In a job interview, you always want to conduct yourself in a manner that exudes self esteem and confidence because let’s face it; you will never land a job you don’t believe you will get.  The secret to instantly appearing confident is P.R.E.S.S., which stands for: 

  • Posture Straight
  • Relaxed Body
  • Eye Contact
  • Smiling
  • Speak Clearly

 Now I know what you’re saying to yourself – “Clever acronym and we get it, but how is this image speaking clearly?”  Well friends, Dr. Cox has an abundance of confidence that shows almost everyday. He is confident and exudes positive self esteem, for himself at least. Even though he can be hard on his interns, they all look up to him and strive to be like him.

Dress your best when interviewing!

Dressing in appropriate attire is crucial for the interview. The first judgment an interviewer makes is going to be based on how you look and what you are wearing. That’s why it’s always important to dress professionally for a job interview, even if the work environment is casual. It’s better to be over dressed than under dressed. Crazy costuming like Elliot and J.D. are showcasing isn’t going to give the best impression. Rather than think you are suited for their facility, the interviewer may think you’d be better off working at a Renaissance Faire. If you’re STILL not sure on how to dress, then we recommend checking in with your recruiter.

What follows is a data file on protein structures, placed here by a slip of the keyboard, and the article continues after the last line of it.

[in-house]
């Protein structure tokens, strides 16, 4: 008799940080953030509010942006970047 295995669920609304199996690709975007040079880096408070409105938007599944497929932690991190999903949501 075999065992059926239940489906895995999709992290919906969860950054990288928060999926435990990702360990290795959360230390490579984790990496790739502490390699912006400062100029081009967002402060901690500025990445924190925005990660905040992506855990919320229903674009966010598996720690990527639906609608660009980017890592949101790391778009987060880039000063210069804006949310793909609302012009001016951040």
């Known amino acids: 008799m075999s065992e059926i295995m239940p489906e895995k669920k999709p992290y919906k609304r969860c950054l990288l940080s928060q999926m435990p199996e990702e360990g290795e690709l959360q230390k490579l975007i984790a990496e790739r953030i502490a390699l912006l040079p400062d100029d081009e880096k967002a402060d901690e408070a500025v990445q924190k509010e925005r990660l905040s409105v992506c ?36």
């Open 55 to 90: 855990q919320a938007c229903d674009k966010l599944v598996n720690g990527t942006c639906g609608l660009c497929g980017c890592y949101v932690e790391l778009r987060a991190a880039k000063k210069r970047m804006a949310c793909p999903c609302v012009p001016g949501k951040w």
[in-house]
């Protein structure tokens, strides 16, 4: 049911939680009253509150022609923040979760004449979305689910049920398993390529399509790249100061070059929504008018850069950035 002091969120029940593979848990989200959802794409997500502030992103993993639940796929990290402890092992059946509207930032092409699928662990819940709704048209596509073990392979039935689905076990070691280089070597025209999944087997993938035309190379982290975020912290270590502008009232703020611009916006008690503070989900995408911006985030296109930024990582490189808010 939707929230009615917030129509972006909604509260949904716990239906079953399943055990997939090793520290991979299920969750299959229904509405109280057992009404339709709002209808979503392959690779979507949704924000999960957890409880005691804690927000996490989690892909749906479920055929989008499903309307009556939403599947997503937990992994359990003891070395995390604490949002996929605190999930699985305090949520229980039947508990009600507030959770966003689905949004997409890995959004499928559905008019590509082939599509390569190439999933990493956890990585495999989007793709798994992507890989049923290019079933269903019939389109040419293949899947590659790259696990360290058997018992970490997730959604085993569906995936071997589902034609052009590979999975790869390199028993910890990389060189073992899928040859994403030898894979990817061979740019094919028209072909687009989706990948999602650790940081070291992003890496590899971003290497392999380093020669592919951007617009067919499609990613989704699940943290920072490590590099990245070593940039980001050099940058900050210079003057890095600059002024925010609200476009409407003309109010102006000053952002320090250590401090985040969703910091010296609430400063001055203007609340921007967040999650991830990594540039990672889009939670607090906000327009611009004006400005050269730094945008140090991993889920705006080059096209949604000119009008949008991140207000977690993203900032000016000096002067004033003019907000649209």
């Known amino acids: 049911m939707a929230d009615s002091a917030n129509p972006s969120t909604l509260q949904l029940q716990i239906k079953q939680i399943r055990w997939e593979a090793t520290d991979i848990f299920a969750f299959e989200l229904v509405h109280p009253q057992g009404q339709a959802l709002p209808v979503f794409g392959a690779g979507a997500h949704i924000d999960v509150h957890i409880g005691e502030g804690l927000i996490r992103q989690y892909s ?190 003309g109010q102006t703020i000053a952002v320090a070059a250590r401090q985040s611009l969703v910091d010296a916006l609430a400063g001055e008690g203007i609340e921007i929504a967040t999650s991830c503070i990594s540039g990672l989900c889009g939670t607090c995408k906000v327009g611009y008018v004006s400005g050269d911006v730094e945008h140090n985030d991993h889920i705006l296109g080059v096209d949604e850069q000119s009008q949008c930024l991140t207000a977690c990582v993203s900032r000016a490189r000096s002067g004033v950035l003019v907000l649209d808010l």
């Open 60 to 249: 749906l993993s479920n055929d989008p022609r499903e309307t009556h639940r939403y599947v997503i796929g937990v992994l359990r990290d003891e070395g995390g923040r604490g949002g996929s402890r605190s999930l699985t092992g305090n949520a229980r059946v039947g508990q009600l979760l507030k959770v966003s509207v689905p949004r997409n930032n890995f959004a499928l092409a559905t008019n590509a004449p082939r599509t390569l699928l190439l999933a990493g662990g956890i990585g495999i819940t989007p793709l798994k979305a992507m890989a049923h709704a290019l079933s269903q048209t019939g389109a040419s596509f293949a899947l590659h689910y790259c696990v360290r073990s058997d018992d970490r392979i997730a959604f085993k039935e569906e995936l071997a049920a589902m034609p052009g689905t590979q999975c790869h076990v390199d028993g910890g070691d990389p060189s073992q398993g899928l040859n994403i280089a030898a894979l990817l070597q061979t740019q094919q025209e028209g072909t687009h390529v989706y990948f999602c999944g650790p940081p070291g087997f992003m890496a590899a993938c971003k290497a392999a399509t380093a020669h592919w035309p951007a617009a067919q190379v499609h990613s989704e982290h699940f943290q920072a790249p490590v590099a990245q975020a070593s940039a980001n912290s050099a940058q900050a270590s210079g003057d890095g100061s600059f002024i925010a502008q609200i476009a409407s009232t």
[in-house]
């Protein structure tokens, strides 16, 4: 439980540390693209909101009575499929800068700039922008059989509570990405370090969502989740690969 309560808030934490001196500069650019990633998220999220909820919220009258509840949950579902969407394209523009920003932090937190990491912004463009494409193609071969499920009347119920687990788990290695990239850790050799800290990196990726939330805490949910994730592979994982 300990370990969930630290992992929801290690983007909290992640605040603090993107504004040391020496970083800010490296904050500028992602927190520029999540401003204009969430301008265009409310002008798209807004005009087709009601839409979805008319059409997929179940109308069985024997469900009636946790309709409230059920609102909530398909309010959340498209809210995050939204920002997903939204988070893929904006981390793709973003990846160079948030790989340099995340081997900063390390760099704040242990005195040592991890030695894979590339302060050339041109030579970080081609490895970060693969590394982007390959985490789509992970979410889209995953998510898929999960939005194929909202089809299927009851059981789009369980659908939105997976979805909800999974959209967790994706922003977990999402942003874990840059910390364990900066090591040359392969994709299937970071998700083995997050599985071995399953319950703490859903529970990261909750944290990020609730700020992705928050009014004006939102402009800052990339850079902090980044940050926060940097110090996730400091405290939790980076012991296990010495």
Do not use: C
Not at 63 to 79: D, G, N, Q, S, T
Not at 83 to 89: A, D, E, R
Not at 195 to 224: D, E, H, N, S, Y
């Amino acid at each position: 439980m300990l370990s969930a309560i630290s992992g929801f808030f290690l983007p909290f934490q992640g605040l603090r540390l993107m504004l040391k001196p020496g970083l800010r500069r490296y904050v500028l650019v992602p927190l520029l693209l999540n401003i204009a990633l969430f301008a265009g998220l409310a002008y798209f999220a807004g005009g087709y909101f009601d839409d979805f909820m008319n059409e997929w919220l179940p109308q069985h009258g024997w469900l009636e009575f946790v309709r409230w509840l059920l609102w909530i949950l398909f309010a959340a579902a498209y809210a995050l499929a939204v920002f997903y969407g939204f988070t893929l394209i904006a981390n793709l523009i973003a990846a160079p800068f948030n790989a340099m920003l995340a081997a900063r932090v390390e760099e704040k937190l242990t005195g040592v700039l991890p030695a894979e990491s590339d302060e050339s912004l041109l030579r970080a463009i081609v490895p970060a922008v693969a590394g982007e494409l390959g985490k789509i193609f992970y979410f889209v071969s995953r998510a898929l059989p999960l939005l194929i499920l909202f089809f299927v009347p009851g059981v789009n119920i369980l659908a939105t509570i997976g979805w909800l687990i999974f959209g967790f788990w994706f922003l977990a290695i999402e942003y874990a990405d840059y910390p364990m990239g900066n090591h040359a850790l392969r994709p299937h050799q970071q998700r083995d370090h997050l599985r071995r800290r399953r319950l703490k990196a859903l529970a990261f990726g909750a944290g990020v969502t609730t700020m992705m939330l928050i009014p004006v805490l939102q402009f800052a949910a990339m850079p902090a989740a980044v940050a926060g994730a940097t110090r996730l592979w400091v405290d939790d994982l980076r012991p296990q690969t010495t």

Do your homework before the interview.

A crucial element in successful interview preparation is having significant knowledge about the hospital or company you are interviewing with so you can demonstrate your enthusiasm, as well as be able to articulate how your skills and values match those of the organization.  But these days, your research shouldn’t just come from a quick Google search or a glance at their website.  Using LinkedIn and other social media tools to review the background of the hospital and your interviewers could be just the leg up you need in this competitive job market.  Remember, you can never know “too much” about an organization and interviewers are always impressed when you can ask informed, intelligent questions.

Had Taylor Maddox done her homework maybe she would still be the Chief of Medicine at Sacred Heart. Instead, Taylor’s money-fueled tendencies were at odds with Sacred Heart’s policies. Her preference for keeping patients with Cadillac health insurance plans in longer didn’t fit with their values. With rubbing everyone the wrong way, it was no surprise that Taylor was going to get the boot.

Focus on staying focused!